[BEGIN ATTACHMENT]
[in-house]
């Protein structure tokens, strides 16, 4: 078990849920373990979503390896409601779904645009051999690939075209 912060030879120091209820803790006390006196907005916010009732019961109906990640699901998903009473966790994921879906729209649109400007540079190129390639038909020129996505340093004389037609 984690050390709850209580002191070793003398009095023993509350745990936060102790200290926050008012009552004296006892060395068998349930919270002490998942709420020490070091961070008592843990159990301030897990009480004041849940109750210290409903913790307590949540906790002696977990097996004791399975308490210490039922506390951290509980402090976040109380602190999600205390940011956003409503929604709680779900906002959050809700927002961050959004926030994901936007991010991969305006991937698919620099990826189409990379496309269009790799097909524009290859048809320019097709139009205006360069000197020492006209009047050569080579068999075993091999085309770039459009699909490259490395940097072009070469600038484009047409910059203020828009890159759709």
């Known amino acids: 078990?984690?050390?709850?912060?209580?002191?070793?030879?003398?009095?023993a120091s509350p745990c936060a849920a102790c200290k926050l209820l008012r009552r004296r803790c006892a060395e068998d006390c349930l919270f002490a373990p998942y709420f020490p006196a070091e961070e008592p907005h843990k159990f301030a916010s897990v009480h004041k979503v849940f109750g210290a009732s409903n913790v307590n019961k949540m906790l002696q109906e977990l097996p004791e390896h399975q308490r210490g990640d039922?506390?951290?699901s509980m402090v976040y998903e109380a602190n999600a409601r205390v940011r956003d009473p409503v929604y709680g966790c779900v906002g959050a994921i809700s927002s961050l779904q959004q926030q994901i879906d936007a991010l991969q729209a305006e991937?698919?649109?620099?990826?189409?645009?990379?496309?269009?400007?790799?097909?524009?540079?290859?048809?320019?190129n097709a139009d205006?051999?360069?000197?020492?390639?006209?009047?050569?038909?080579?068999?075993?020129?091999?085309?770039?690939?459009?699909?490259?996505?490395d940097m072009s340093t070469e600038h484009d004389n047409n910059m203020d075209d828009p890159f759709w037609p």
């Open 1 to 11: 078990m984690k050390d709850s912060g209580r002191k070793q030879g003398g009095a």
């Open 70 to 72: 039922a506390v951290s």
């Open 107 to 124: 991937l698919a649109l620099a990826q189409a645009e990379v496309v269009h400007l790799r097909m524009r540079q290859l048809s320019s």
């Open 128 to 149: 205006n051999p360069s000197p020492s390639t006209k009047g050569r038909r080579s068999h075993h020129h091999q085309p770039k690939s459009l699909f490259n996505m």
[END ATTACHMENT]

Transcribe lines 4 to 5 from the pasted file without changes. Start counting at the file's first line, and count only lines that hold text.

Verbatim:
């Open 1 to 11: 078990m984690k050390d709850s912060g209580r002191k070793q030879g003398g009095a």
């Open 70 to 72: 039922a506390v951290s």